David Roberts

They think it’s all over, it isn’t yet

David Roberts

I wrote a couple of weeks ago about the predictive power of the US interest rate curve. In short, when the yield curve flattens aggressively, this is often a precursor to a wobble in risk assets which is what has happened. The question now is what happens next?

Just to recap, a flatter yield curve means the interest rate charged on bonds of short maturity rises relative to that of long maturity bonds. The curve flattened gently through 2017 and then aggressively in January 2018, signalling economic slowdown ahead.

Since then, what has happened to bond yields? Well, overall prices have fallen and yields have risen, which is not what you would expect given equity weakness. Had bonds risen a little in price, or long-dated bonds continued to do relatively well, we could have been forgiven for thinking the rise in market volatility was transient.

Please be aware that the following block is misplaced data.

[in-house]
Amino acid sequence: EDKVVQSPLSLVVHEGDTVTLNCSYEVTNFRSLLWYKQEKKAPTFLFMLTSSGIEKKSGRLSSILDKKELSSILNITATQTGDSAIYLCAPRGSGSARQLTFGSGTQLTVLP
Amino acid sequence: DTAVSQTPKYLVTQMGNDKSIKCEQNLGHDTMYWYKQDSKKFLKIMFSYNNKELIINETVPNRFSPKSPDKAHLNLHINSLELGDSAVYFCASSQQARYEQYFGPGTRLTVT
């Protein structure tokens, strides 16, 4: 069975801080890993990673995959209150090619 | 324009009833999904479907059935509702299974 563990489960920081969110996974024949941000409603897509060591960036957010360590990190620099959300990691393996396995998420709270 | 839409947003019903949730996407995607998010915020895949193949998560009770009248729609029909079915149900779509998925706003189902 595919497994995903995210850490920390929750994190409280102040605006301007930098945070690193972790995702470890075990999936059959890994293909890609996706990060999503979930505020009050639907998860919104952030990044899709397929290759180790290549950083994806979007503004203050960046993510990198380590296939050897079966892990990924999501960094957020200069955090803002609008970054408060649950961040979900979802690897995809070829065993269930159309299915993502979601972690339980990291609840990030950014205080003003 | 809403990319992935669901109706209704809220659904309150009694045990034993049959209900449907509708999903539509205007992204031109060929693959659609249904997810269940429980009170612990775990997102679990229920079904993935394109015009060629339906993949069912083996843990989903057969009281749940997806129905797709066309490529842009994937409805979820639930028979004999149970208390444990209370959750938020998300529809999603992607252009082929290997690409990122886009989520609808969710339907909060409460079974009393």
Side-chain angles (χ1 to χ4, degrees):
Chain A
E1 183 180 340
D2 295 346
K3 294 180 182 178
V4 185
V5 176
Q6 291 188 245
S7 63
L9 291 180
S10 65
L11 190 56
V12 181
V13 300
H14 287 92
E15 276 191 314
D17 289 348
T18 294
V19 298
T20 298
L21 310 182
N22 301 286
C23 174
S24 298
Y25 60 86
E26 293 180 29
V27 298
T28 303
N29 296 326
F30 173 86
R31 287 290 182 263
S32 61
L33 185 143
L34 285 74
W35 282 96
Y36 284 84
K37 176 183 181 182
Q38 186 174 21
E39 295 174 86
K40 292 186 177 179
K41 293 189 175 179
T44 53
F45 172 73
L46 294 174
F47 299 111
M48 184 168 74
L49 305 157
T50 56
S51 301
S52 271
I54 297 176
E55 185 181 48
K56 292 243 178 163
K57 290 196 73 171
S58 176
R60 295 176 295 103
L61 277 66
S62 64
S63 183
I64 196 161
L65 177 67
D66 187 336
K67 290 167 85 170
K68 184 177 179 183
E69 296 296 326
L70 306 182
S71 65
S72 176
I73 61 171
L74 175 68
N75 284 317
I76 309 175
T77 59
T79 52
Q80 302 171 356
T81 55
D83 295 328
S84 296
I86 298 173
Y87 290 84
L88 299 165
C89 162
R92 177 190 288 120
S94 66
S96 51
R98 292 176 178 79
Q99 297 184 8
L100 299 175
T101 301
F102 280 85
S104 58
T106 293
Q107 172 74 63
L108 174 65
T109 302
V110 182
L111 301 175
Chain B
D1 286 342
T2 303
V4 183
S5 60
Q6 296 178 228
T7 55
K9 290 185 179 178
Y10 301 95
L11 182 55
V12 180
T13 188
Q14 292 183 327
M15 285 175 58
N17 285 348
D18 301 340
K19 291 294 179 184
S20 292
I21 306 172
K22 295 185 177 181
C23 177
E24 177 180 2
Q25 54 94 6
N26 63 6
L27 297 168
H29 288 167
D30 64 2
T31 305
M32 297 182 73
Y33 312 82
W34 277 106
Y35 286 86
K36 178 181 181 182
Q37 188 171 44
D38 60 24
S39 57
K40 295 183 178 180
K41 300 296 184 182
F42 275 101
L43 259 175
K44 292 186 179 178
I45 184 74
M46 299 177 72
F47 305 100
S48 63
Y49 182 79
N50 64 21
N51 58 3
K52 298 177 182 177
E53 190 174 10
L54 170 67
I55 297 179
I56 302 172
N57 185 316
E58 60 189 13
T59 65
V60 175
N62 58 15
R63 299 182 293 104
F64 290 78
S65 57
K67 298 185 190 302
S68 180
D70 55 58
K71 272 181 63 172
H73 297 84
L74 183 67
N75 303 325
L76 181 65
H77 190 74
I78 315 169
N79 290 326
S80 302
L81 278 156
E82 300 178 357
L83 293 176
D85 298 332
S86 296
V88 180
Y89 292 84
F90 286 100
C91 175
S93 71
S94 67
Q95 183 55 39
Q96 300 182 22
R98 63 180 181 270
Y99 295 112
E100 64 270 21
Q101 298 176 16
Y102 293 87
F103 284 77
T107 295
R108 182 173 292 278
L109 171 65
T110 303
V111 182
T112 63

Either of these would have signalled the Federal Reserve was no longer expected to tighten policy – basically it was running scared of the equity market – which would have been good in the short term for risk assets.

Recent moves: US government bonds. 30-year and five-year bonds, yield differential

Recent moves: US government bonds. 30-year and five-year bonds, yield differential

Source: Bloomberg

Instead, we have seen a “bear-steepener”: all bonds falling in price, but this time longer dated ones have been suffering more. In the chart, you can see investors want 0.6% more to own 30-year bonds, up from 0.4% a week ago. This can be the most dangerous move for risk assets.

Despite my recent comments, I had been quite sanguine about risk up to this point. There are many reasons to remain upbeat but a bear steepener is traditionally horrible for the US and by extension the global economy. Rising long rates have a material impact on the housing market because mortgage rates rise, choking off demand for housing. US mortgage refinance has been a bit like UK PPI – “windfall” low rates have supported consumption even as real wage growth has been modest.

The bond market remains nervous and is signalling that the mild risk correction seen so far is not sufficient to stay the Fed’s collective hand. All things being equal, if bond yields continue to move higher, the chances are we have further volatility to come.

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Tuesday, February 20, 2018, 3:46 PM